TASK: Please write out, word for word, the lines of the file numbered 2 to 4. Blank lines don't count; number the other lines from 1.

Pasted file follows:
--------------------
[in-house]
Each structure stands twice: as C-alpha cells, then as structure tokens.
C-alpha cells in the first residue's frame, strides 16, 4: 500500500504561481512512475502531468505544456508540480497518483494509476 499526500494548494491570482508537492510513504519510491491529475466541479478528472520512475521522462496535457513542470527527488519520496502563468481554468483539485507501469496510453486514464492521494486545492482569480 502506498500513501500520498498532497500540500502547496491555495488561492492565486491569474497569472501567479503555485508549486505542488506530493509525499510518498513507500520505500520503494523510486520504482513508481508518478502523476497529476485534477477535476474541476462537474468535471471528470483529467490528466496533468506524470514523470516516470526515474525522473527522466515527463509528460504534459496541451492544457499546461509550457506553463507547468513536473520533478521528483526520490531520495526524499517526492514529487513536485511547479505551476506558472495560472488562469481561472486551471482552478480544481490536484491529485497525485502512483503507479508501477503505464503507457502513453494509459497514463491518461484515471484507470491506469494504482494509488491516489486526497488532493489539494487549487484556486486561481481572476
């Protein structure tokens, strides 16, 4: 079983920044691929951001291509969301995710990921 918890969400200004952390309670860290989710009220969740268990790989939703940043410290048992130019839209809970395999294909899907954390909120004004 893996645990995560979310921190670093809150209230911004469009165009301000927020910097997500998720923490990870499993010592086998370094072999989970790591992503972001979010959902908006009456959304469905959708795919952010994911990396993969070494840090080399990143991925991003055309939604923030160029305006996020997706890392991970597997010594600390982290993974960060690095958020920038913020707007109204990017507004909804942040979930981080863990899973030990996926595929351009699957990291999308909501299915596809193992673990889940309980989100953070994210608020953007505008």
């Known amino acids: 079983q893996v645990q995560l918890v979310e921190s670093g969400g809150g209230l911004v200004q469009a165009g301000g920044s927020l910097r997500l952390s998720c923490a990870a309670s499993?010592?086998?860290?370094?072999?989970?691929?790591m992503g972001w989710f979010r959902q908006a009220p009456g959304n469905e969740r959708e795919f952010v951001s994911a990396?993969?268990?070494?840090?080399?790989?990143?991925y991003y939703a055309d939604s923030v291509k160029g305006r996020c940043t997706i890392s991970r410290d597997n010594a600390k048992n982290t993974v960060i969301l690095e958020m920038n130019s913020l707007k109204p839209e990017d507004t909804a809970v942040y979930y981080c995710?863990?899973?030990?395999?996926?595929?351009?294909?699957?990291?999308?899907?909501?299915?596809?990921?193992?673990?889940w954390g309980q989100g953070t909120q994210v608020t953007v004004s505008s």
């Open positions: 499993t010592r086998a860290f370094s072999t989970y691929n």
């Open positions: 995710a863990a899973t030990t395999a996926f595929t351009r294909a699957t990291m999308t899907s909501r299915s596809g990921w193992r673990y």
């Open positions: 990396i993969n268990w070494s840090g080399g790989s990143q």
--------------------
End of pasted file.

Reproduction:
Each structure stands twice: as C-alpha cells, then as structure tokens.
C-alpha cells in the first residue's frame, strides 16, 4: 500500500504561481512512475502531468505544456508540480497518483494509476 499526500494548494491570482508537492510513504519510491491529475466541479478528472520512475521522462496535457513542470527527488519520496502563468481554468483539485507501469496510453486514464492521494486545492482569480 502506498500513501500520498498532497500540500502547496491555495488561492492565486491569474497569472501567479503555485508549486505542488506530493509525499510518498513507500520505500520503494523510486520504482513508481508518478502523476497529476485534477477535476474541476462537474468535471471528470483529467490528466496533468506524470514523470516516470526515474525522473527522466515527463509528460504534459496541451492544457499546461509550457506553463507547468513536473520533478521528483526520490531520495526524499517526492514529487513536485511547479505551476506558472495560472488562469481561472486551471482552478480544481490536484491529485497525485502512483503507479508501477503505464503507457502513453494509459497514463491518461484515471484507470491506469494504482494509488491516489486526497488532493489539494487549487484556486486561481481572476
């Protein structure tokens, strides 16, 4: 079983920044691929951001291509969301995710990921 918890969400200004952390309670860290989710009220969740268990790989939703940043410290048992130019839209809970395999294909899907954390909120004004 893996645990995560979310921190670093809150209230911004469009165009301000927020910097997500998720923490990870499993010592086998370094072999989970790591992503972001979010959902908006009456959304469905959708795919952010994911990396993969070494840090080399990143991925991003055309939604923030160029305006996020997706890392991970597997010594600390982290993974960060690095958020920038913020707007109204990017507004909804942040979930981080863990899973030990996926595929351009699957990291999308909501299915596809193992673990889940309980989100953070994210608020953007505008």